MINNEAPOLIS (WCCO) - Two sources confirm to WCCO-TV that Judge Peter Cahill, who presided over the Derek Chauvin trial, signed off on the "no-knock" search warrant that ended in the fatal police shooting of Amir Locke on Wednesday morning.
The original search warrants remain under seal as they are part of an active homicide investigation, St. Paul police said on Friday evening.
A source also told WCCO-TV's Jennifer Mayerle on Friday that St. Paul police originally asked the Minneapolis Police Department to serve a "knock-and-announce" warrant, but only went back to get the "no-knock" warrant after MPD said they would not serve the first one. St. Paul police said it is common practice to ask outside agencies to assist with the execution of a search warrant.
Cahill rose to prominence during the trial of former Minneapolis Police Officer Derek Chauvin, who was convicted of murdering George Floyd in May of 2020. It was the first time in state history cameras were allowed into the courtroom for gavel-to-gavel coverage.
On Friday evening, Minneapolis Mayor Jacob Frey imposed a moratorium on both the request and execution of "no-knock" warrants in the city. Exceptions include situations where there is "imminent threat" to an individual or the public, and the warrant must be approved by Interim Police Chief Amelia Huffman.
Locke, 22, who was killed during the raid at Bolero Flats, was not named in the original warrant. Body camera footage shows SWAT team members announcing their presence as they cross the threshold into the apartment and Locke rises from the couch, covered in a blanket. He is holding his gun, which he was legally permitted to carry, and he is shot by Officer Mark Hanneman seconds later.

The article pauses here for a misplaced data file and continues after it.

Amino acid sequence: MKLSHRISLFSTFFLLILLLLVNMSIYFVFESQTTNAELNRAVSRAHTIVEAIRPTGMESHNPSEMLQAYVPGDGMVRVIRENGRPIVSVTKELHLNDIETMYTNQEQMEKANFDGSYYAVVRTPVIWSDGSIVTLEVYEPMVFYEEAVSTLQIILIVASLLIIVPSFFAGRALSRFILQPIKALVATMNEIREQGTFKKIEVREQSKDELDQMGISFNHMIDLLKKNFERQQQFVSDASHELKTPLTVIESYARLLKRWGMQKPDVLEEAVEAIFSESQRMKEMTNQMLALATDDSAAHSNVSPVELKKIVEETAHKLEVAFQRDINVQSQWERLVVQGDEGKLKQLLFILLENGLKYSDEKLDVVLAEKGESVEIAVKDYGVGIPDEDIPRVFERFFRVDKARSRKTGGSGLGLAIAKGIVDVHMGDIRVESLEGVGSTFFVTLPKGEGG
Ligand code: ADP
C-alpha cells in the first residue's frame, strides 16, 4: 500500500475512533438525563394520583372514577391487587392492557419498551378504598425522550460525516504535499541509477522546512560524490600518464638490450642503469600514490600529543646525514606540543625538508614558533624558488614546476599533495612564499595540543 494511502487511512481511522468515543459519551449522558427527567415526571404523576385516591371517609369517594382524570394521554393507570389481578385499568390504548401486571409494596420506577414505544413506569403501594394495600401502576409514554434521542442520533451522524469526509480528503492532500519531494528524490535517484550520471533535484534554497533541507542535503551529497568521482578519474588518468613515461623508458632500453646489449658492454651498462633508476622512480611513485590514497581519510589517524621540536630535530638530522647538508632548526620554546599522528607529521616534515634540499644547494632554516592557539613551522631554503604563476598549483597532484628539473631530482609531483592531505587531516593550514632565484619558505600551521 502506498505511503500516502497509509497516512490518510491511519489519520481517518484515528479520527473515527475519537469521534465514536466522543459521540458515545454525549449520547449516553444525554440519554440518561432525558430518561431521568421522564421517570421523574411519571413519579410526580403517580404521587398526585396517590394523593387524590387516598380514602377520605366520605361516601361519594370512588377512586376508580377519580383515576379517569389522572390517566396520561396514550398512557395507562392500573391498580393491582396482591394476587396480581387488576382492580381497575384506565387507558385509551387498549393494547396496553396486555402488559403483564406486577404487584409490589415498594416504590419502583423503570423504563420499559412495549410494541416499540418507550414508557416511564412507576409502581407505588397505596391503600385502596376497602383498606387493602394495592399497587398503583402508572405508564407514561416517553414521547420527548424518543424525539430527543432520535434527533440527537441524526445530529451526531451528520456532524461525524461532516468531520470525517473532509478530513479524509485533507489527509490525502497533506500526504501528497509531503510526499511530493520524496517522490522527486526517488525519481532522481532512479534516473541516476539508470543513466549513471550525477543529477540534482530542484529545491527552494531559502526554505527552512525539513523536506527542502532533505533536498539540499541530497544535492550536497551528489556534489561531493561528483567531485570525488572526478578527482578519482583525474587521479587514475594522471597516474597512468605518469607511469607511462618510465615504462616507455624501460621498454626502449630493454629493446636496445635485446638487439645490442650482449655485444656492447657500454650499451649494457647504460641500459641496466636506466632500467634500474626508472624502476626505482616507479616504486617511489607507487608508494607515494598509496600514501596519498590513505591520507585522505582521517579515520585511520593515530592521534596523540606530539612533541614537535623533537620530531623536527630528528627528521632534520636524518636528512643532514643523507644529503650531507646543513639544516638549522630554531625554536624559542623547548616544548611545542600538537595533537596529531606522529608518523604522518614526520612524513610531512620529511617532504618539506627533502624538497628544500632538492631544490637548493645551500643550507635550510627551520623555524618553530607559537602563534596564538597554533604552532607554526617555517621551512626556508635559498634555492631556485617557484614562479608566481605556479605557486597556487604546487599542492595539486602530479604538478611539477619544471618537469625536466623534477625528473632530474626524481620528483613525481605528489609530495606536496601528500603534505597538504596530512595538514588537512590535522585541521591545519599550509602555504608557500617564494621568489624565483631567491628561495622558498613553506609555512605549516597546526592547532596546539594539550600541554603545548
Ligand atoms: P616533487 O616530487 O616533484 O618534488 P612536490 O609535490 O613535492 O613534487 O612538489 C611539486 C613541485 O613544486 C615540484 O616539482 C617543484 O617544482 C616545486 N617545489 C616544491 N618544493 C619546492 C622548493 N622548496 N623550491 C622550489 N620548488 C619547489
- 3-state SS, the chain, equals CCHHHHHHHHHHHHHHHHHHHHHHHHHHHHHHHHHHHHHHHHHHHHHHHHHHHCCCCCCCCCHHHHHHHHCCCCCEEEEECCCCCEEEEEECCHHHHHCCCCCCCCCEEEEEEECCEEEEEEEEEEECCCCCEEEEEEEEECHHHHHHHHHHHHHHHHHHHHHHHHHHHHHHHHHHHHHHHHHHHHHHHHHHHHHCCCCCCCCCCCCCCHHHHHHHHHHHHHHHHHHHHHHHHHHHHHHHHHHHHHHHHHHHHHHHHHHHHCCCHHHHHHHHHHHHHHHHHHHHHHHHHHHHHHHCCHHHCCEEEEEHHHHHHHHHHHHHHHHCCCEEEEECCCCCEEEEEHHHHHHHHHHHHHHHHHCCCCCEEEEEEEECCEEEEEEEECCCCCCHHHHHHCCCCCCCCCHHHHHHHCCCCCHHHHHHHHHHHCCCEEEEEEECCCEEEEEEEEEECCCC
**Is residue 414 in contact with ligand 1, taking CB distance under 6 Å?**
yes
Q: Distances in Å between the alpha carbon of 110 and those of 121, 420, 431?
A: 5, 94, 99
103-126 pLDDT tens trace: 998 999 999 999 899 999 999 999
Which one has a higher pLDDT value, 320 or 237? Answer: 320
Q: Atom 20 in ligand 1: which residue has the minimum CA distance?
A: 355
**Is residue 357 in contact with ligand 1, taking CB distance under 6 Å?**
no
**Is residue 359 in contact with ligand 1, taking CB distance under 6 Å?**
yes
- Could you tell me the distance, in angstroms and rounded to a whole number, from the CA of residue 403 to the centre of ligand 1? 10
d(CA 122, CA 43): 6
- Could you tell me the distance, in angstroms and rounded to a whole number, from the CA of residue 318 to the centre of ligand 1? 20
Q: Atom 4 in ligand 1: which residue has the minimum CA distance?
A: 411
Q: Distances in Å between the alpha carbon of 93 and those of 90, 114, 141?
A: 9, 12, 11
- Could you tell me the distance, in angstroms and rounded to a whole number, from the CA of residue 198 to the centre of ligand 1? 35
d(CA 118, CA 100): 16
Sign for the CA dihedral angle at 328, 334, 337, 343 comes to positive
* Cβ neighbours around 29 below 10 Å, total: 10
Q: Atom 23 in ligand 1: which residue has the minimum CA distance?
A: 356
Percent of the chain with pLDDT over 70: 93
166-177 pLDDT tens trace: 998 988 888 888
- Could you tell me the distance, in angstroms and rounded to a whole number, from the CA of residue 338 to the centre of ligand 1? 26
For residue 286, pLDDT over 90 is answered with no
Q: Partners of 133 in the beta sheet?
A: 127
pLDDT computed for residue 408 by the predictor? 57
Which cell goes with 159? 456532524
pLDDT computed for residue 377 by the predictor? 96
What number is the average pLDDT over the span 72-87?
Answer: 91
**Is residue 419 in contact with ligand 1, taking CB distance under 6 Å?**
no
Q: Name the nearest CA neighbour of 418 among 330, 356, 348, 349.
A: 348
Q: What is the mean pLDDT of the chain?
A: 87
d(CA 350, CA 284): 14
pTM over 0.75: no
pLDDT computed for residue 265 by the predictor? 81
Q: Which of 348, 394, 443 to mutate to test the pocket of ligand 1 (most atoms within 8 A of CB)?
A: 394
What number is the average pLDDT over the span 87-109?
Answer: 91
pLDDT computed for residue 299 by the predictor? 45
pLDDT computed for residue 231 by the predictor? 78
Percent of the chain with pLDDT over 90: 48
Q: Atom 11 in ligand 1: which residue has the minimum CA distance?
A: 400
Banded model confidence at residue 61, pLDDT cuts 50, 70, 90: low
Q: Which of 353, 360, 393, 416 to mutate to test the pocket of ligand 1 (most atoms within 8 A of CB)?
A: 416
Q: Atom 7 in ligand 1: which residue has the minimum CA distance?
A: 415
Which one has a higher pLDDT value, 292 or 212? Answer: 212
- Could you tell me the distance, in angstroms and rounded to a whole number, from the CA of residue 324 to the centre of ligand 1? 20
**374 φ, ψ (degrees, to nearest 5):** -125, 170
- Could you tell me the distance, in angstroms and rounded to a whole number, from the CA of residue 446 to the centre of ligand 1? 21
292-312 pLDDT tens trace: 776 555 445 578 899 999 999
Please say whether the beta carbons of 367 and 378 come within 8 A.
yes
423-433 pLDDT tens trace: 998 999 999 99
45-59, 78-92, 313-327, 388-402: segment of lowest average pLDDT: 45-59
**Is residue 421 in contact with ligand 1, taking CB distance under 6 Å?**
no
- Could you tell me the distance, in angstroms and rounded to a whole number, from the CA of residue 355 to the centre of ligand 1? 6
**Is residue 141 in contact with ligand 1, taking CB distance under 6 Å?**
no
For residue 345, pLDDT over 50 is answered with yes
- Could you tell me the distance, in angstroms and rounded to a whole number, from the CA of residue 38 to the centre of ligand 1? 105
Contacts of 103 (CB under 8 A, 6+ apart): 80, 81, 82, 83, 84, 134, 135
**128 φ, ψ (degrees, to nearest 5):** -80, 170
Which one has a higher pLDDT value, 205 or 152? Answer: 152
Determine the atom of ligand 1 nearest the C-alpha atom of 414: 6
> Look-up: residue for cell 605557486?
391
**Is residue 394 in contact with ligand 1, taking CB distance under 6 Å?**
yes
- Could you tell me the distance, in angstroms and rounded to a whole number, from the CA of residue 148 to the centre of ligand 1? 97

Protestors have called for Hanneman to be fired, arrested, and charged with murder.
The Police Officers Federation of Minneapolis issued a statement in response to the "no-knock" search warrant:
"The Minnesota's Bureau of Criminal Apprehension will gather the needed facts for the investigation, and no conclusions should be made until the investigation is complete.
Policing, particularly with a SWAT team, is a dangerous, high-stress profession where officers are forced to make important split-second decisions in defense of themselves and fellow officers, especially when weapons are involved. Weapons are drawn and used when officers are faced with significant safety threats.
This particular SWAT team was conducting a homicide-suspect search warrant, authorized by a judge, as part of an investigation of a violent crime. Officers were obviously prepared for a very dangerous and high-risk situation. During the event, as shown in the body-camera footage, Officer Hannemen quickly encountered Mr. Locke who was armed with a handgun and made the decision to use deadly force. No officer goes into a dangerous setting like this wanting to use a weapon. That decision was not taken lightly, and the impact of the use of deadly force will affect these officers, their families, and the family of Mr. Locke for the rest of their lives.
We express our sympathies to the family for the loss of Amir Locke that resulted from this tragic chain of events as well as our support of the officers and their families."
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